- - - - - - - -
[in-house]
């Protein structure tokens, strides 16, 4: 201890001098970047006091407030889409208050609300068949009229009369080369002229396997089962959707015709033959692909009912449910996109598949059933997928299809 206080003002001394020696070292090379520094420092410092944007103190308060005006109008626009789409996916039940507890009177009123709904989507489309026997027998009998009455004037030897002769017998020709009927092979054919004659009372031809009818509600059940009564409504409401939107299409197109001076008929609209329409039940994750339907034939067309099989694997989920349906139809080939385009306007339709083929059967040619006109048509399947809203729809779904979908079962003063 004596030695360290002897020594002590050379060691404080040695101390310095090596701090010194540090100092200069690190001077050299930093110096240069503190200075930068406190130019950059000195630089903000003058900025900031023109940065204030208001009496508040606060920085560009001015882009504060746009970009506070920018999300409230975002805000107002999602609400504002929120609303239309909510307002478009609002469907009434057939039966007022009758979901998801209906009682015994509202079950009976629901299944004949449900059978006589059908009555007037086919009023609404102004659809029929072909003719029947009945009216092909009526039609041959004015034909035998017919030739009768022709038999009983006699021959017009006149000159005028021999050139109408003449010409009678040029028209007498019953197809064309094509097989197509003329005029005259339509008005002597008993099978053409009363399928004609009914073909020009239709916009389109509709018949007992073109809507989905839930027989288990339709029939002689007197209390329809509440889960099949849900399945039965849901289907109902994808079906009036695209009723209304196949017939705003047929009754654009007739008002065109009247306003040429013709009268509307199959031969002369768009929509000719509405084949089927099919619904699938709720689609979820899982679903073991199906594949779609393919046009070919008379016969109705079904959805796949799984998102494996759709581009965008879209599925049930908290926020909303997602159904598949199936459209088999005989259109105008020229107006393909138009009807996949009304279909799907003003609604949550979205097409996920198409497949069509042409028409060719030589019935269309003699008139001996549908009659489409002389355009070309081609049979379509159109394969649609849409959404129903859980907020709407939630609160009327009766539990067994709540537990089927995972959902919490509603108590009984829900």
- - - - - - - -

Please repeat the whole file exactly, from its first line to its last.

[in-house]
């Protein structure tokens, strides 16, 4: 201890001098970047006091407030889409208050609300068949009229009369080369002229396997089962959707015709033959692909009912449910996109598949059933997928299809 206080003002001394020696070292090379520094420092410092944007103190308060005006109008626009789409996916039940507890009177009123709904989507489309026997027998009998009455004037030897002769017998020709009927092979054919004659009372031809009818509600059940009564409504409401939107299409197109001076008929609209329409039940994750339907034939067309099989694997989920349906139809080939385009306007339709083929059967040619006109048509399947809203729809779904979908079962003063 004596030695360290002897020594002590050379060691404080040695101390310095090596701090010194540090100092200069690190001077050299930093110096240069503190200075930068406190130019950059000195630089903000003058900025900031023109940065204030208001009496508040606060920085560009001015882009504060746009970009506070920018999300409230975002805000107002999602609400504002929120609303239309909510307002478009609002469907009434057939039966007022009758979901998801209906009682015994509202079950009976629901299944004949449900059978006589059908009555007037086919009023609404102004659809029929072909003719029947009945009216092909009526039609041959004015034909035998017919030739009768022709038999009983006699021959017009006149000159005028021999050139109408003449010409009678040029028209007498019953197809064309094509097989197509003329005029005259339509008005002597008993099978053409009363399928004609009914073909020009239709916009389109509709018949007992073109809507989905839930027989288990339709029939002689007197209390329809509440889960099949849900399945039965849901289907109902994808079906009036695209009723209304196949017939705003047929009754654009007739008002065109009247306003040429013709009268509307199959031969002369768009929509000719509405084949089927099919619904699938709720689609979820899982679903073991199906594949779609393919046009070919008379016969109705079904959805796949799984998102494996759709581009965008879209599925049930908290926020909303997602159904598949199936459209088999005989259109105008020229107006393909138009009807996949009304279909799907003003609604949550979205097409996920198409497949069509042409028409060719030589019935269309003699008139001996549908009659489409002389355009070309081609049979379509159109394969649609849409959404129903859980907020709407939630609160009327009766539990067994709540537990089927995972959902919490509603108590009984829900």